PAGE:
I've been through many emotional ups and downs, especially this past year, when I found myself jobless in Hawaii. My writing career suffered a setback when my second novel got declined for publication. It's been a most humbling fall season. Suddenly this overachiever was underachieving and, I must admit, I spent some time wallowing in self-pity. That dark time is over, though. As I'm learning what it means to be human, I'm also finding that your attitude toward life greatly affects your experience of living. Life can be hell or it can be an awesome adventure. You can see nothing but dark clouds or see that scattered showers lead to plenty of rainbows; it just depends on your viewpoint.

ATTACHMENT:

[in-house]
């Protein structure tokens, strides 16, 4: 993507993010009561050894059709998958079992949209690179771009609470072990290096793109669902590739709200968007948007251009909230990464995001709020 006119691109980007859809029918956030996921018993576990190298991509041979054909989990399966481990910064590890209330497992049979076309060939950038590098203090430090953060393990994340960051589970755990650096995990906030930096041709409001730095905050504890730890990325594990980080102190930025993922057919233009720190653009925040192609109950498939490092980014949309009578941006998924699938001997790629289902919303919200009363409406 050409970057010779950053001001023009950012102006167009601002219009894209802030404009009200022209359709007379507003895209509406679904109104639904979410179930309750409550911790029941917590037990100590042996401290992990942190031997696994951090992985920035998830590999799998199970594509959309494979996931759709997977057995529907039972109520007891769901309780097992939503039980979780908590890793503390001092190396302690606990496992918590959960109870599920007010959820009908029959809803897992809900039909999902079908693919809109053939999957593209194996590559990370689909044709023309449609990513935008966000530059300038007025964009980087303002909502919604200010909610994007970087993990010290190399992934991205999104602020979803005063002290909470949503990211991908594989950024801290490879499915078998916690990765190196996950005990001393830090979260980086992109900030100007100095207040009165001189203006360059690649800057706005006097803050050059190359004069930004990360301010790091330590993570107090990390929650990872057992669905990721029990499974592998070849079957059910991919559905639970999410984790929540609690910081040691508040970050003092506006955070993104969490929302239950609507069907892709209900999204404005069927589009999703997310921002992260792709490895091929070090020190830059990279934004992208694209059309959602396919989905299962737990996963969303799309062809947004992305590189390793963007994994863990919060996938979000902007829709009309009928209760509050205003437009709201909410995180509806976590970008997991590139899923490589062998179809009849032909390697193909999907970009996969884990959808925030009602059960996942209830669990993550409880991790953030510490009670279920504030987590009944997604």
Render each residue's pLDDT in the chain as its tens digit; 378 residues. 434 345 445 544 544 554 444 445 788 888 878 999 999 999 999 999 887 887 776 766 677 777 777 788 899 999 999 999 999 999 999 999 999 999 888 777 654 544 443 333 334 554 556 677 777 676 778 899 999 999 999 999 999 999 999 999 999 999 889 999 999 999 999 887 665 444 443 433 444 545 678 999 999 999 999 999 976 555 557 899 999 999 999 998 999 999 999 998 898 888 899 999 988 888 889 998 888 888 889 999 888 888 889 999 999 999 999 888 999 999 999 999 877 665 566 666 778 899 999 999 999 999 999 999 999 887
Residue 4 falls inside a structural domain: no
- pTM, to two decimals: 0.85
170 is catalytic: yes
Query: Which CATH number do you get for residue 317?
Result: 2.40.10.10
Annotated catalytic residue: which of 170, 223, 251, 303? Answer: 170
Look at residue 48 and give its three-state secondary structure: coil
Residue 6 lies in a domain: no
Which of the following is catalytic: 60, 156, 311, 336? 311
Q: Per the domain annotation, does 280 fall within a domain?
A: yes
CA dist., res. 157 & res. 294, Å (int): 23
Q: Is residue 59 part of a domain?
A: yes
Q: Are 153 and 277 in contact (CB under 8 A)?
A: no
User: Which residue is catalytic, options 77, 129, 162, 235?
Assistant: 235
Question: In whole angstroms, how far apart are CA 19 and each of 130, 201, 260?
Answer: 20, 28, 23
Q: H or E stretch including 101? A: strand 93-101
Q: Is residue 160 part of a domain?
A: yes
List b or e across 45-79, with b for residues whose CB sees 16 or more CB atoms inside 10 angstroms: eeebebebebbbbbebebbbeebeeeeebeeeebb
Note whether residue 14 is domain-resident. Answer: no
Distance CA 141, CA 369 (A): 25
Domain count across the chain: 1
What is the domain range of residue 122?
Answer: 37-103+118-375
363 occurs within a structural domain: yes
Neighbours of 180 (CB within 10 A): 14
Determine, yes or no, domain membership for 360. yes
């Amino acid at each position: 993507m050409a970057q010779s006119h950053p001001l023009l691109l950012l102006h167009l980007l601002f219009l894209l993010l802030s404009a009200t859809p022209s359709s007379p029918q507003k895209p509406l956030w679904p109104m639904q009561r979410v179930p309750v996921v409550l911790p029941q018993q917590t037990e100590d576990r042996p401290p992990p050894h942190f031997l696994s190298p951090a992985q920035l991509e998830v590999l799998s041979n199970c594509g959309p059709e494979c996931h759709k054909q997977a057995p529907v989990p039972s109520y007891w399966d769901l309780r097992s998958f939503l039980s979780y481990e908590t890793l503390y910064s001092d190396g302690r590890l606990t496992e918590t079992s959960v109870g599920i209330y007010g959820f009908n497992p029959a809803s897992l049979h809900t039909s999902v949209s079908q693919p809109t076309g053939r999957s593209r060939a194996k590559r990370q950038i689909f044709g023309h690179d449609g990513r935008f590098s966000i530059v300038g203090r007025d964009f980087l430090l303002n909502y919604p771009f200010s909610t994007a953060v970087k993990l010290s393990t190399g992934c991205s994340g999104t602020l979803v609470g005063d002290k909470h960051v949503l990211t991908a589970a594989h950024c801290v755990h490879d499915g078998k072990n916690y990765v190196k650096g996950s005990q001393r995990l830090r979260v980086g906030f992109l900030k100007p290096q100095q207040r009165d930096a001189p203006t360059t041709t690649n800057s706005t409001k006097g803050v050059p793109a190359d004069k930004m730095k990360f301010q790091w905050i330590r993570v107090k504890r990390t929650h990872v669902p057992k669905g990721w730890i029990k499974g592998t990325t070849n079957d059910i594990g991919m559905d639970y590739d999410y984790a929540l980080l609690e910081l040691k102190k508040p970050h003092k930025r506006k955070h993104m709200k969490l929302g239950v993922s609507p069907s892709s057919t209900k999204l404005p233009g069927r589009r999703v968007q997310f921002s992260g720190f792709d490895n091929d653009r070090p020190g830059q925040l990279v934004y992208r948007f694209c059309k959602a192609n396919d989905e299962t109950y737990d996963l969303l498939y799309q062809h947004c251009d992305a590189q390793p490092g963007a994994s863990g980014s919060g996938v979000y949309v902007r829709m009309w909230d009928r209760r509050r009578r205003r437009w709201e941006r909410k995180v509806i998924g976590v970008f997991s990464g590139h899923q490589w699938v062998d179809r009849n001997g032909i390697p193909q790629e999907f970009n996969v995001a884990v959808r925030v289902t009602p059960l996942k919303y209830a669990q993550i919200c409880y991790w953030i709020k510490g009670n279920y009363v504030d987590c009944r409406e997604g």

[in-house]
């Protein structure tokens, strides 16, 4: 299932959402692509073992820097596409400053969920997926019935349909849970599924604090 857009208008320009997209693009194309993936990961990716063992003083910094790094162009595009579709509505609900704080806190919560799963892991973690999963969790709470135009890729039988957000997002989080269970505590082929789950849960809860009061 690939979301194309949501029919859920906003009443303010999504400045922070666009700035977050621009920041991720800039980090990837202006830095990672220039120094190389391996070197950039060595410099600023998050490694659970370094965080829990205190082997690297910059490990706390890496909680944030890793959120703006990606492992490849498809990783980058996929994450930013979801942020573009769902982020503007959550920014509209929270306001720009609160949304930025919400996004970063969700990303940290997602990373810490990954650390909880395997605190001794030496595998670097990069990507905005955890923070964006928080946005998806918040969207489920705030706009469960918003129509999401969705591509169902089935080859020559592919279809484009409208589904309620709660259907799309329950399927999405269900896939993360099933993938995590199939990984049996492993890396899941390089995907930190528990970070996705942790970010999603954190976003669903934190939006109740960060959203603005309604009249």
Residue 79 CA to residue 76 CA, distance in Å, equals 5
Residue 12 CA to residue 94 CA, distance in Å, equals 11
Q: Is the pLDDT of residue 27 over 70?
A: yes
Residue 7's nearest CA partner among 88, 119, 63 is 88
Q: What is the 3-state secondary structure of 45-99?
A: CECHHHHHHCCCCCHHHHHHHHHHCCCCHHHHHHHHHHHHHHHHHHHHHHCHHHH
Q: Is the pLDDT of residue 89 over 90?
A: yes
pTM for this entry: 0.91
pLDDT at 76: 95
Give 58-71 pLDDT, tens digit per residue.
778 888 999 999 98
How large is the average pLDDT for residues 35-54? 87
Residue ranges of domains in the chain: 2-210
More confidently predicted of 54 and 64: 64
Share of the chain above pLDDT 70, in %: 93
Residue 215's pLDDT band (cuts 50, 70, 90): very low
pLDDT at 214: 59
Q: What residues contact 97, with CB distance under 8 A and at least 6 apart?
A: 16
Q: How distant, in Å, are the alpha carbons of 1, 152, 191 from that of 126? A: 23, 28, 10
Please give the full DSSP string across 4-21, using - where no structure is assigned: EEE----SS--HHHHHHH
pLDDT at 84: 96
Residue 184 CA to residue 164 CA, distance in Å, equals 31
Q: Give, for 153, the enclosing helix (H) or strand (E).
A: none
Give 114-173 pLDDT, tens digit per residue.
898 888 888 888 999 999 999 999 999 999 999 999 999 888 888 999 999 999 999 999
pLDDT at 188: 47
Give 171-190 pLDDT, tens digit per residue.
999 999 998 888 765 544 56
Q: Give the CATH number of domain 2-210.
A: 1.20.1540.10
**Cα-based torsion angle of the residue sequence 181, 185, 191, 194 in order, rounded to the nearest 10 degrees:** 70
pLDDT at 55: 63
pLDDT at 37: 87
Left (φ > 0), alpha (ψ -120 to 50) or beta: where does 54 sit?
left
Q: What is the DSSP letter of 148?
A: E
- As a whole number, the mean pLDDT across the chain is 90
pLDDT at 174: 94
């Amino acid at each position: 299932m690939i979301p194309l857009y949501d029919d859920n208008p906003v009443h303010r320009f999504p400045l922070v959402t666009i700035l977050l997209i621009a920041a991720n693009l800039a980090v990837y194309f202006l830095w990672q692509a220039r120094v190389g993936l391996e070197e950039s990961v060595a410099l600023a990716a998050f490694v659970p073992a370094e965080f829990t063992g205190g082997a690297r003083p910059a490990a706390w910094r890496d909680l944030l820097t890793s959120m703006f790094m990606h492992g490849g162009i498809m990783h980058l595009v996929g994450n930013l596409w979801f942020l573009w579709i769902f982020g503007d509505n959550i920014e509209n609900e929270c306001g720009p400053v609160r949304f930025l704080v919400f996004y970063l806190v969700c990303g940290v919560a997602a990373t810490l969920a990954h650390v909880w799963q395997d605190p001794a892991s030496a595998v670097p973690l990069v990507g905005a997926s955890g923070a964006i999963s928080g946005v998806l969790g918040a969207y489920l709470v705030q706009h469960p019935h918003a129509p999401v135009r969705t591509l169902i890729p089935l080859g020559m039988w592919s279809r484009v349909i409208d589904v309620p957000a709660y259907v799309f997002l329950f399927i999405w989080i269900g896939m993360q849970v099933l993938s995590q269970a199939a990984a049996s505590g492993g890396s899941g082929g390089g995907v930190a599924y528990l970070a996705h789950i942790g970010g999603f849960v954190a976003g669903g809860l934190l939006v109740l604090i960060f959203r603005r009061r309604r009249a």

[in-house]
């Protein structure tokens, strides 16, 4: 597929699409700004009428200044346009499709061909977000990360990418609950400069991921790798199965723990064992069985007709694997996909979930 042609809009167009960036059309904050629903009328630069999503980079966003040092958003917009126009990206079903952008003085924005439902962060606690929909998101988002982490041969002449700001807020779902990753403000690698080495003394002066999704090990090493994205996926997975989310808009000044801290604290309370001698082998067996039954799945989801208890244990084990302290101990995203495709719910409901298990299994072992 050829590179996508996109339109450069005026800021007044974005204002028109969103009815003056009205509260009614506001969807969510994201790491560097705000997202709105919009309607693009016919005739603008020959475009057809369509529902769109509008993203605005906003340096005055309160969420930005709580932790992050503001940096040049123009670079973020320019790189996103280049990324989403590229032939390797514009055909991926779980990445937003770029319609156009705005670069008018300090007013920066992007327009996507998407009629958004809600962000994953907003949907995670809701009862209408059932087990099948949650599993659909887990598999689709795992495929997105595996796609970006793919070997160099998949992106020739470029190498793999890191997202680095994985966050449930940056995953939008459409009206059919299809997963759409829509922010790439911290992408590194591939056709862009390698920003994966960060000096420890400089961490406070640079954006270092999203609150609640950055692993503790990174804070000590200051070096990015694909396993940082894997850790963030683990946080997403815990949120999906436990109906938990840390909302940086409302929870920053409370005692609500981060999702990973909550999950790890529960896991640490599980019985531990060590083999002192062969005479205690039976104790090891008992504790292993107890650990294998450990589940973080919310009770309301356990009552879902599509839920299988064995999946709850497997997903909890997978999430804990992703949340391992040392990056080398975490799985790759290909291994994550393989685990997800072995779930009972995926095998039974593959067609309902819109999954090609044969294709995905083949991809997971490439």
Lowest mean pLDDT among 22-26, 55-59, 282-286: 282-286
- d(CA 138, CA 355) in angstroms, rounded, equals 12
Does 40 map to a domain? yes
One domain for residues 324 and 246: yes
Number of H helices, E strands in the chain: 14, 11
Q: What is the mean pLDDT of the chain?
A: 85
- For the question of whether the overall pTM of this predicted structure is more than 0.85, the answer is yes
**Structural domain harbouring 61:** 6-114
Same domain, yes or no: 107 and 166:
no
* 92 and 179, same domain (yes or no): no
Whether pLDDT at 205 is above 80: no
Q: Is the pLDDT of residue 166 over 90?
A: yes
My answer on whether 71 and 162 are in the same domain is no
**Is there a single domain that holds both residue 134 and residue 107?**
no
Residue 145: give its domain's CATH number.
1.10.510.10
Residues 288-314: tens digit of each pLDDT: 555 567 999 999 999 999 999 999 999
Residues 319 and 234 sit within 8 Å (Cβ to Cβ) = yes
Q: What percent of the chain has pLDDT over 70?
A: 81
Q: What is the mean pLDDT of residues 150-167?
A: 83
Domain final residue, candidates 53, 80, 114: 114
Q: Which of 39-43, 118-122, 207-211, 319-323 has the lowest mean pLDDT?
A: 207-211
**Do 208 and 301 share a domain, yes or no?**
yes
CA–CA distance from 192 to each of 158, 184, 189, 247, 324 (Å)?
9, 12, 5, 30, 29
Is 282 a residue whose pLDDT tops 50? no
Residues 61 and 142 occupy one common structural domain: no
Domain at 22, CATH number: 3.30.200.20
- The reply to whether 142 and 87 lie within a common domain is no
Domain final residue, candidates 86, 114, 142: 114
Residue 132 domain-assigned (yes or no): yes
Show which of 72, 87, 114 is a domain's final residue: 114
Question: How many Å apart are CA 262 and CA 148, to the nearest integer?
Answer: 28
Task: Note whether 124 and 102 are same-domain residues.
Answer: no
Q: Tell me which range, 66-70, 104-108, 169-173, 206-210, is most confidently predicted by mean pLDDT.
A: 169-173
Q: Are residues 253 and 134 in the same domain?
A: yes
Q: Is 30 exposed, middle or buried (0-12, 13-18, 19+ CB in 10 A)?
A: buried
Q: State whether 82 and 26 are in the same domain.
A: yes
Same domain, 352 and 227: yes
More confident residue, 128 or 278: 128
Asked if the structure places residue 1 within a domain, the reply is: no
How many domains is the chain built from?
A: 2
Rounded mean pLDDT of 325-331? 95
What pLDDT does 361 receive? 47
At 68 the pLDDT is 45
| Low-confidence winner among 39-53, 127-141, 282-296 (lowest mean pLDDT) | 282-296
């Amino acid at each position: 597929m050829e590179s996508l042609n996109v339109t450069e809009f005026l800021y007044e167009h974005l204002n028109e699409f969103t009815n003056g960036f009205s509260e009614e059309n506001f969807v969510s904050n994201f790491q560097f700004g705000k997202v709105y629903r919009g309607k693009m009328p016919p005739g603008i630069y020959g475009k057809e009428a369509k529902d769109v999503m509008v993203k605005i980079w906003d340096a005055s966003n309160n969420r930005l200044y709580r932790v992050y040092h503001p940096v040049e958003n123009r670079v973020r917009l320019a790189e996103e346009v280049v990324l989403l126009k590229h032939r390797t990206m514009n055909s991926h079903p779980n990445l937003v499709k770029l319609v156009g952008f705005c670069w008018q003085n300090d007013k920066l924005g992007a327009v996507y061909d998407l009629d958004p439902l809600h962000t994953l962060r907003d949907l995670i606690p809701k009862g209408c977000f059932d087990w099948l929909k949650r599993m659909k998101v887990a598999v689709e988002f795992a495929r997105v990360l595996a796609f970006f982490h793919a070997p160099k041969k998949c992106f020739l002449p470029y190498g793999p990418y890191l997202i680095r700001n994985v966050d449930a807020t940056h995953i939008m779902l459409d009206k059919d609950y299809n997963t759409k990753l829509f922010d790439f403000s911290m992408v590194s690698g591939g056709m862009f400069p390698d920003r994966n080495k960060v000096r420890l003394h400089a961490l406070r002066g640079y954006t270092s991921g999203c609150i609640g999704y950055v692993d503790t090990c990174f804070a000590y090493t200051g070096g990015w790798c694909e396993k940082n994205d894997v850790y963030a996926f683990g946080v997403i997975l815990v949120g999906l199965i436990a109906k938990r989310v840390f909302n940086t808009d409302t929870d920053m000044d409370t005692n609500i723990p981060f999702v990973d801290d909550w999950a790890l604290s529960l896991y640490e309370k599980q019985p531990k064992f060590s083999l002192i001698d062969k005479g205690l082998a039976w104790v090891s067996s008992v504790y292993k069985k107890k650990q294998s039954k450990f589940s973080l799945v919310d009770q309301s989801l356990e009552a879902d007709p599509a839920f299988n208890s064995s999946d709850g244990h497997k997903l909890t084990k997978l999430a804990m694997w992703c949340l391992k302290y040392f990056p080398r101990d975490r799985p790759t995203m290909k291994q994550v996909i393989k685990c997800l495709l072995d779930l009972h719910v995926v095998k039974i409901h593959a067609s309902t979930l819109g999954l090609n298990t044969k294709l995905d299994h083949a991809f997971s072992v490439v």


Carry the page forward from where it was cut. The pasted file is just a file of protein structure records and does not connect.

Living in both Texas and Hawaii, I have the best of both worlds. In Texas I'm surrounded by a large family, lots of friends, and I'm very grounded in the business world. In Hawaii I get a more spiritual perspective on life and get to escape the rat race for a little bit. I get to study with spiritual teachers, like Kahunas who are not affected by the ups and downs of the stock market. And they don't place one's self-worth on financial success. In Hawaii, it's much easier to live in the moment and experience peace in your heart. There are so many places to commune with nature--beaches, rain forests, mountains. Endless summer and eternal sunshine. Here there are a lot of surfers. Their bliss is catching the next big wave. Even though I have yet to learn to surf, I am gaining a lot just by watching how they live. They are showing me that even though life, like the turbulent ocean, can toss you around and send you plunging, the surfers just shake their mops of wet hair like a dog, smile big, and yell something like "Whoa, total wipe out!" Then they get right back on their surf boards and courageously face what life offers them next. Sometimes they catch the wave's peak and ride it smooth, feeling at one with the Universe. In the surfer's mind getting wiped out is just part of living. It's okay to make mistakes. Wiping out doesn't mean it's the end of the world. You can always catch the next big wave and next thing you know, you're riding high again. Kowabunga!